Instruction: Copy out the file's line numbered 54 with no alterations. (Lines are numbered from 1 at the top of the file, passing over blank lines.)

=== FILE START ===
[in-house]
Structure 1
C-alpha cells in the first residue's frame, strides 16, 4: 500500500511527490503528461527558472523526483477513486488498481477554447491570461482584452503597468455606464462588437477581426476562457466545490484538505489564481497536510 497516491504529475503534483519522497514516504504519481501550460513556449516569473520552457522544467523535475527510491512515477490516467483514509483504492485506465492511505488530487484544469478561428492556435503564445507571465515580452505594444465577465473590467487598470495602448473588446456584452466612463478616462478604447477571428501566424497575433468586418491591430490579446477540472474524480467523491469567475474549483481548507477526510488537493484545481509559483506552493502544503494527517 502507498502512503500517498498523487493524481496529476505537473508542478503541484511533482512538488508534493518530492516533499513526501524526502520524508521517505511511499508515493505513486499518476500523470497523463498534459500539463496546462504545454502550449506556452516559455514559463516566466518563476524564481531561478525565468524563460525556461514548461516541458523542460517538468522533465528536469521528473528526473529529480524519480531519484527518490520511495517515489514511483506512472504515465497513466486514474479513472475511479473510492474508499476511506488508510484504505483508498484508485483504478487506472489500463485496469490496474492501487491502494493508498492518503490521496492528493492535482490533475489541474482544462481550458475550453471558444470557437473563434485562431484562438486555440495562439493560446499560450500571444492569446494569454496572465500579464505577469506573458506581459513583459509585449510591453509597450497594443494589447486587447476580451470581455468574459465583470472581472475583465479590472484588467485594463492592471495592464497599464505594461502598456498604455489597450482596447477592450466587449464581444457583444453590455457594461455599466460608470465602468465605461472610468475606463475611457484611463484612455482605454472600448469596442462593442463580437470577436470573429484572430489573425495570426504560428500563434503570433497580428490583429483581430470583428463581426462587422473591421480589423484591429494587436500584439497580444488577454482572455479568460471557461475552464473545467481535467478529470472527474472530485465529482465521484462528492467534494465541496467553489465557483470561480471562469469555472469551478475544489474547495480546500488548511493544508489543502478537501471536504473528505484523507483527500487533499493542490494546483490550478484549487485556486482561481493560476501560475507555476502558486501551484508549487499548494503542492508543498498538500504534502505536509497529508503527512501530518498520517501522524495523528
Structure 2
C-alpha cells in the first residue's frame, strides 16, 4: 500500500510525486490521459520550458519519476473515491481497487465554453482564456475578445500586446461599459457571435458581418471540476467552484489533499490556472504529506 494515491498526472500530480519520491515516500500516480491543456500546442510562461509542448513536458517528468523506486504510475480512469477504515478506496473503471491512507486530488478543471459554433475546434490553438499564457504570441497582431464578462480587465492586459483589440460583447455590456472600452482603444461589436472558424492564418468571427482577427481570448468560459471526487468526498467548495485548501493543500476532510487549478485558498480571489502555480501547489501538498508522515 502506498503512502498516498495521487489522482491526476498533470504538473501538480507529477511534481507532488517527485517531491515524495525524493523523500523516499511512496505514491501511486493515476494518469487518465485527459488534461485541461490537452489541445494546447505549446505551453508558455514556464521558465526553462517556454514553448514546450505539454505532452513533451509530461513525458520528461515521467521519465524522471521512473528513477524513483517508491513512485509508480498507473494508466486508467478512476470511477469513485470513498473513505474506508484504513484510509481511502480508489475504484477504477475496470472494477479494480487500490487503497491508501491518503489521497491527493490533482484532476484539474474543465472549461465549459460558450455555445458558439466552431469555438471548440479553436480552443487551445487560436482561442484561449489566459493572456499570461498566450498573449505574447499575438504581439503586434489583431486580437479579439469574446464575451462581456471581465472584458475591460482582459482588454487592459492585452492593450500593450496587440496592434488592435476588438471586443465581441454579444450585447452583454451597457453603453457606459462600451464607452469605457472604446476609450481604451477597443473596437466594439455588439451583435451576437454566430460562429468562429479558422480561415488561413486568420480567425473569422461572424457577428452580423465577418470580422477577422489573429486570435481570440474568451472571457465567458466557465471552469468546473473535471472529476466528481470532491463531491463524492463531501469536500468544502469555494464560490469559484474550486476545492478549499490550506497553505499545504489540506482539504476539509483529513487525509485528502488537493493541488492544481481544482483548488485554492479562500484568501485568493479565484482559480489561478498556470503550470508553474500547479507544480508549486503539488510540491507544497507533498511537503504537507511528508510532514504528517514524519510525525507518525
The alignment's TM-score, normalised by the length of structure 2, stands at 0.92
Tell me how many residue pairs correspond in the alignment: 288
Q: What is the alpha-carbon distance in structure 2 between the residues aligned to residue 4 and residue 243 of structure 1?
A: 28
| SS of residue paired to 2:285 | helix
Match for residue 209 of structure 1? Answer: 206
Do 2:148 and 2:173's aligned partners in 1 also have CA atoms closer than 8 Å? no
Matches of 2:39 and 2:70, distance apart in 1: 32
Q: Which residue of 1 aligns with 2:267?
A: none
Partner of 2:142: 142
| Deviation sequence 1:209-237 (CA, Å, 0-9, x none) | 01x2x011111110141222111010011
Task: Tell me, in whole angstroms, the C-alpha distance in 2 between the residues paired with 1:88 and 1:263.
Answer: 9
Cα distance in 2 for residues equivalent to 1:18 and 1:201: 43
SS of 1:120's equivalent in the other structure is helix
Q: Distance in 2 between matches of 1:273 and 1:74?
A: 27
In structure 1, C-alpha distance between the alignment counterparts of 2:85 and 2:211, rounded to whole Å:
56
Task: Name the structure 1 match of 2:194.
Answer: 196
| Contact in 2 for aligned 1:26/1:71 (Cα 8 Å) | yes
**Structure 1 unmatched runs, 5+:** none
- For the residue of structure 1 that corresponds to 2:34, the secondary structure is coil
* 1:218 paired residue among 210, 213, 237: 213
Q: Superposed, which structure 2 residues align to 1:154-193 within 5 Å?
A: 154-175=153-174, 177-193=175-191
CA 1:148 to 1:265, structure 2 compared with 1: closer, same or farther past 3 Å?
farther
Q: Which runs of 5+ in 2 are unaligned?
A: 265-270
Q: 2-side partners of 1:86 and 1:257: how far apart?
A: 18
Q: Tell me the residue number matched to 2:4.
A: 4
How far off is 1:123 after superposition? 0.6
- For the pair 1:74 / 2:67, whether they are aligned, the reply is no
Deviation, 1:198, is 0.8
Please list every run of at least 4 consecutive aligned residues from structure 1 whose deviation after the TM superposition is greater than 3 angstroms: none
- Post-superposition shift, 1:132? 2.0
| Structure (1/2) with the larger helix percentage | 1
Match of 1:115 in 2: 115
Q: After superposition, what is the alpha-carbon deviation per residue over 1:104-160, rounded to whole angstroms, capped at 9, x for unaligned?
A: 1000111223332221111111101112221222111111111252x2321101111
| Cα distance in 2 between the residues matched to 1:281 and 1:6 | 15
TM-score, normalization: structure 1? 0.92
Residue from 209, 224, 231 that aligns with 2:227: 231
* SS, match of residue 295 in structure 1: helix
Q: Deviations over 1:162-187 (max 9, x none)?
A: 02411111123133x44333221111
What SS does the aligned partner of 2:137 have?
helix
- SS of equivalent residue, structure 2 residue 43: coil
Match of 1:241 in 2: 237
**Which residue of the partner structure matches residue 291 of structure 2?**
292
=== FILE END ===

* SS, match of residue 295 in structure 1: helix